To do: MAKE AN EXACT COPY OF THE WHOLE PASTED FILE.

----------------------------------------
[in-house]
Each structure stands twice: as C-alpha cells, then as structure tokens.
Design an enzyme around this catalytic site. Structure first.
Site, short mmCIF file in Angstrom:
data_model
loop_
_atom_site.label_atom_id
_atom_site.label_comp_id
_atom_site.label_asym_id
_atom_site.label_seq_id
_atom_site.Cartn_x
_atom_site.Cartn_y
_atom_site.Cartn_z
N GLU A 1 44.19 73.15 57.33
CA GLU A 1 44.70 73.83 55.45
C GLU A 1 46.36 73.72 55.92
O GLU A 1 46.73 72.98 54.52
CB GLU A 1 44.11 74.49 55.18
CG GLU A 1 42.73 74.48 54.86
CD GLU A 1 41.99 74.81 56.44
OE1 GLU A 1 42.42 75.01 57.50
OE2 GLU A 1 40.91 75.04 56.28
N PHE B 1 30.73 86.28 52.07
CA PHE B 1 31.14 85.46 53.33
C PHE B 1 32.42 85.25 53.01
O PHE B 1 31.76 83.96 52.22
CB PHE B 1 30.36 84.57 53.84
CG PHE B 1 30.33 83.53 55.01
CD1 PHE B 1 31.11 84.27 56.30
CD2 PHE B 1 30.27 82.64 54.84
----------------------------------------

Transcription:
[in-house]
Each structure stands twice: as C-alpha cells, then as structure tokens.
Design an enzyme around this catalytic site. Structure first.
Site, short mmCIF file in Angstrom:
data_model
loop_
_atom_site.label_atom_id
_atom_site.label_comp_id
_atom_site.label_asym_id
_atom_site.label_seq_id
_atom_site.Cartn_x
_atom_site.Cartn_y
_atom_site.Cartn_z
N GLU A 1 44.19 73.15 57.33
CA GLU A 1 44.70 73.83 55.45
C GLU A 1 46.36 73.72 55.92
O GLU A 1 46.73 72.98 54.52
CB GLU A 1 44.11 74.49 55.18
CG GLU A 1 42.73 74.48 54.86
CD GLU A 1 41.99 74.81 56.44
OE1 GLU A 1 42.42 75.01 57.50
OE2 GLU A 1 40.91 75.04 56.28
N PHE B 1 30.73 86.28 52.07
CA PHE B 1 31.14 85.46 53.33
C PHE B 1 32.42 85.25 53.01
O PHE B 1 31.76 83.96 52.22
CB PHE B 1 30.36 84.57 53.84
CG PHE B 1 30.33 83.53 55.01
CD1 PHE B 1 31.11 84.27 56.30
CD2 PHE B 1 30.27 82.64 54.84